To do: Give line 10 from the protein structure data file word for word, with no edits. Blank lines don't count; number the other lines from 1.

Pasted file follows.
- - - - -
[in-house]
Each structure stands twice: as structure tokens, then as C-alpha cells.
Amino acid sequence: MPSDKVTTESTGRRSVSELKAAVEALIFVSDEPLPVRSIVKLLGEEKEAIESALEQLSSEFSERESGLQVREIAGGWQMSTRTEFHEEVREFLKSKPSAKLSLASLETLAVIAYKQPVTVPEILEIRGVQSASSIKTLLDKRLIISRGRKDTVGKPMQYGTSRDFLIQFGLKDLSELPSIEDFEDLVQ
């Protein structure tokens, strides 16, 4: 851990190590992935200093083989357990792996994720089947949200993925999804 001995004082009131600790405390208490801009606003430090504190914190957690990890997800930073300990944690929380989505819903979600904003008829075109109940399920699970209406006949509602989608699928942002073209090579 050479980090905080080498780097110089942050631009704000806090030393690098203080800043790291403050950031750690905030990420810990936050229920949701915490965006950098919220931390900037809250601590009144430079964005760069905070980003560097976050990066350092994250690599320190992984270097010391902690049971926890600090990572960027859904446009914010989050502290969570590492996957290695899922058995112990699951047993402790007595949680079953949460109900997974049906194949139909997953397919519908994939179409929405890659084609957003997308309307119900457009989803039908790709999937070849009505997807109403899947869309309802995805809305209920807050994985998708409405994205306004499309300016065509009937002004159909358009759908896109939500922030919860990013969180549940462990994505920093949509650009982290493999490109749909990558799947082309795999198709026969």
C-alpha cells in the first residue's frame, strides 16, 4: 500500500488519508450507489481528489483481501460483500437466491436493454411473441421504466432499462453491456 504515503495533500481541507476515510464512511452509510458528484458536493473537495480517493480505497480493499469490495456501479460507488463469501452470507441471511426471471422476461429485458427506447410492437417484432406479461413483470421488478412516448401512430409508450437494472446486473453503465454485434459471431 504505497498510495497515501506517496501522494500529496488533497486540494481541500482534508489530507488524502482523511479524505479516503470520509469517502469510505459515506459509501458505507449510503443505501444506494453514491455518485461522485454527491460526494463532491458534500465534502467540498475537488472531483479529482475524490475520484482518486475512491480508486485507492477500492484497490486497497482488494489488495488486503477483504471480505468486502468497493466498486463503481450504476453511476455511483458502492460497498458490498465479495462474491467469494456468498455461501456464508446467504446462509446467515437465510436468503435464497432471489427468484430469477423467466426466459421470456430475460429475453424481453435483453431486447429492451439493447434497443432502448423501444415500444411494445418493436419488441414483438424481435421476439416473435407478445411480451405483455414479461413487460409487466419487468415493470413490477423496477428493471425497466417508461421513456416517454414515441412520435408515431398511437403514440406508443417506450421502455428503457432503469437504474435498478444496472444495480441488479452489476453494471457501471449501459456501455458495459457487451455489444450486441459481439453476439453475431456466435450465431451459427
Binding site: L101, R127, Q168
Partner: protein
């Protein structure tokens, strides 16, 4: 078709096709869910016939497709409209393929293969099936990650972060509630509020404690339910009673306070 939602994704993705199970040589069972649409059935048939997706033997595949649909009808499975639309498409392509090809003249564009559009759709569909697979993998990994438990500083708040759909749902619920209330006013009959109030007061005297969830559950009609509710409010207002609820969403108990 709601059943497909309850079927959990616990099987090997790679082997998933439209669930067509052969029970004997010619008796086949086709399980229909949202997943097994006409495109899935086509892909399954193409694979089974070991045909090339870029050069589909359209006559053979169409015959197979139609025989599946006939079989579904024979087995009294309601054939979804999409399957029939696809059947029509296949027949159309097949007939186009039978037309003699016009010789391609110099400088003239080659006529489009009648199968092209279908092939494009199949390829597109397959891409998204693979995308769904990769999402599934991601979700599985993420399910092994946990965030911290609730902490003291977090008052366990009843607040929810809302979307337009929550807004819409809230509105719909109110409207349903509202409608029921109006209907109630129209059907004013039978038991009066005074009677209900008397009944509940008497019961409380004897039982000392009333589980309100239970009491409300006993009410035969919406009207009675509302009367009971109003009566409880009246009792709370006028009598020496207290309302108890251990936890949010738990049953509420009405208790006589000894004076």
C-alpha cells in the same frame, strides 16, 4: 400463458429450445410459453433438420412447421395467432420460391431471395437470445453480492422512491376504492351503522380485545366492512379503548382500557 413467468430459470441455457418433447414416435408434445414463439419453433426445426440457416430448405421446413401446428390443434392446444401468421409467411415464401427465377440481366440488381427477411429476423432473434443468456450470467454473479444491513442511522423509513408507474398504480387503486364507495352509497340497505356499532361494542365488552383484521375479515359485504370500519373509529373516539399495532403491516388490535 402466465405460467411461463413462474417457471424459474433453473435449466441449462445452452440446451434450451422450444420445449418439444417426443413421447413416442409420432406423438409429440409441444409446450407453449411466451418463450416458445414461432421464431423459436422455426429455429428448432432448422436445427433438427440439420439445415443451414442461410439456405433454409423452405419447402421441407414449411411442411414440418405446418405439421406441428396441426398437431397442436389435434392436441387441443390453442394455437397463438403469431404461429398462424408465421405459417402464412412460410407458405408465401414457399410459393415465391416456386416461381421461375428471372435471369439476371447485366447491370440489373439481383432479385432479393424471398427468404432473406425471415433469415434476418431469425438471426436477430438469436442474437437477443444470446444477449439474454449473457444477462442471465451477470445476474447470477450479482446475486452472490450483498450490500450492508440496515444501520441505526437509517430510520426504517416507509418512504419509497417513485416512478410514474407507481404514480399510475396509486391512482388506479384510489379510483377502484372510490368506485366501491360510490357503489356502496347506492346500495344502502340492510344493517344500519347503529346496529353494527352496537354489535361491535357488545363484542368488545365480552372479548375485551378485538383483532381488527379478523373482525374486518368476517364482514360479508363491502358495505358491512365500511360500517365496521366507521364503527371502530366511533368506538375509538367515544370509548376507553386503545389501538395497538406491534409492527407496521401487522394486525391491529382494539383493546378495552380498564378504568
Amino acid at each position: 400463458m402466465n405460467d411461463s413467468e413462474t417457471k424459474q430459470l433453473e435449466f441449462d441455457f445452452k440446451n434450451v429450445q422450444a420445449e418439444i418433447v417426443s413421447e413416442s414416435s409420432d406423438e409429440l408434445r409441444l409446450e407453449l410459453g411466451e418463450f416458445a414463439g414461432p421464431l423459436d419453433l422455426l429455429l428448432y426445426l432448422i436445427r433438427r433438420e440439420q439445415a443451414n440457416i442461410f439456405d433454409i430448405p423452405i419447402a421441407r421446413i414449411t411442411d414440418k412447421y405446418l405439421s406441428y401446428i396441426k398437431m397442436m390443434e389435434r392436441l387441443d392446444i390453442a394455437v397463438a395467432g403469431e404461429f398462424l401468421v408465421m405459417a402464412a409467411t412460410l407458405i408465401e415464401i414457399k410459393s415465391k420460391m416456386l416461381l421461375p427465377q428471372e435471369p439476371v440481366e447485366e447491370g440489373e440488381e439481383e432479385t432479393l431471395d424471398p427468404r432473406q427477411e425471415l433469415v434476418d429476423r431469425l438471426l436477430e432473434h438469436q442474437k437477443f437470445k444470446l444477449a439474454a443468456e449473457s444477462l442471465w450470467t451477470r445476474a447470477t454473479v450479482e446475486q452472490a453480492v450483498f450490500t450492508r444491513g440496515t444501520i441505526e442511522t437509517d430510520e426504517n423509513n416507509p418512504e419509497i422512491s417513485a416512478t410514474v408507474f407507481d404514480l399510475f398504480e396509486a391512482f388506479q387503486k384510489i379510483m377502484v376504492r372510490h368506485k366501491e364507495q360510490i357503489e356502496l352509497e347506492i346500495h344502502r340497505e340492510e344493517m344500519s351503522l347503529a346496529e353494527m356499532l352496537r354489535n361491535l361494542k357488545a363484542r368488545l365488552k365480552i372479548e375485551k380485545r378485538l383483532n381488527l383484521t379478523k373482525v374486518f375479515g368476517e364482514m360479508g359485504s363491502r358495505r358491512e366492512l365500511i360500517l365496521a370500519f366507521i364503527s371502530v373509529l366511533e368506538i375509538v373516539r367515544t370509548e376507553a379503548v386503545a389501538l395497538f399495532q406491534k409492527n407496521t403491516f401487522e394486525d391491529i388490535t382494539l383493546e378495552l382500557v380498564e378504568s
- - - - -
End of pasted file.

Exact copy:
Amino acid at each position: 400463458m402466465n405460467d411461463s413467468e413462474t417457471k424459474q430459470l433453473e435449466f441449462d441455457f445452452k440446451n434450451v429450445q422450444a420445449e418439444i418433447v417426443s413421447e413416442s414416435s409420432d406423438e409429440l408434445r409441444l409446450e407453449l410459453g411466451e418463450f416458445a414463439g414461432p421464431l423459436d419453433l422455426l429455429l428448432y426445426l432448422i436445427r433438427r433438420e440439420q439445415a443451414n440457416i442461410f439456405d433454409i430448405p423452405i419447402a421441407r421446413i414449411t411442411d414440418k412447421y405446418l405439421s406441428y401446428i396441426k398437431m397442436m390443434e389435434r392436441l387441443d392446444i390453442a394455437v397463438a395467432g403469431e404461429f398462424l401468421v408465421m405459417a402464412a409467411t412460410l407458405i408465401e415464401i414457399k410459393s415465391k420460391m416456386l416461381l421461375p427465377q428471372e435471369p439476371v440481366e447485366e447491370g440489373e440488381e439481383e432479385t432479393l431471395d424471398p427468404r432473406q427477411e425471415l433469415v434476418d429476423r431469425l438471426l436477430e432473434h438469436q442474437k437477443f437470445k444470446l444477449a439474454a443468456e449473457s444477462l442471465w450470467t451477470r445476474a447470477t454473479v450479482e446475486q452472490a453480492v450483498f450490500t450492508r444491513g440496515t444501520i441505526e442511522t437509517d430510520e426504517n423509513n416507509p418512504e419509497i422512491s417513485a416512478t410514474v408507474f407507481d404514480l399510475f398504480e396509486a391512482f388506479q387503486k384510489i379510483m377502484v376504492r372510490h368506485k366501491e364507495q360510490i357503489e356502496l352509497e347506492i346500495h344502502r340497505e340492510e344493517m344500519s351503522l347503529a346496529e353494527m356499532l352496537r354489535n361491535l361494542k357488545a363484542r368488545l365488552k365480552i372479548e375485551k380485545r378485538l383483532n381488527l383484521t379478523k373482525v374486518f375479515g368476517e364482514m360479508g359485504s363491502r358495505r358491512e366492512l365500511i360500517l365496521a370500519f366507521i364503527s371502530v373509529l366511533e368506538i375509538v373516539r367515544t370509548e376507553a379503548v386503545a389501538l395497538f399495532q406491534k409492527n407496521t403491516f401487522e394486525d391491529i388490535t382494539l383493546e378495552l382500557v380498564e378504568s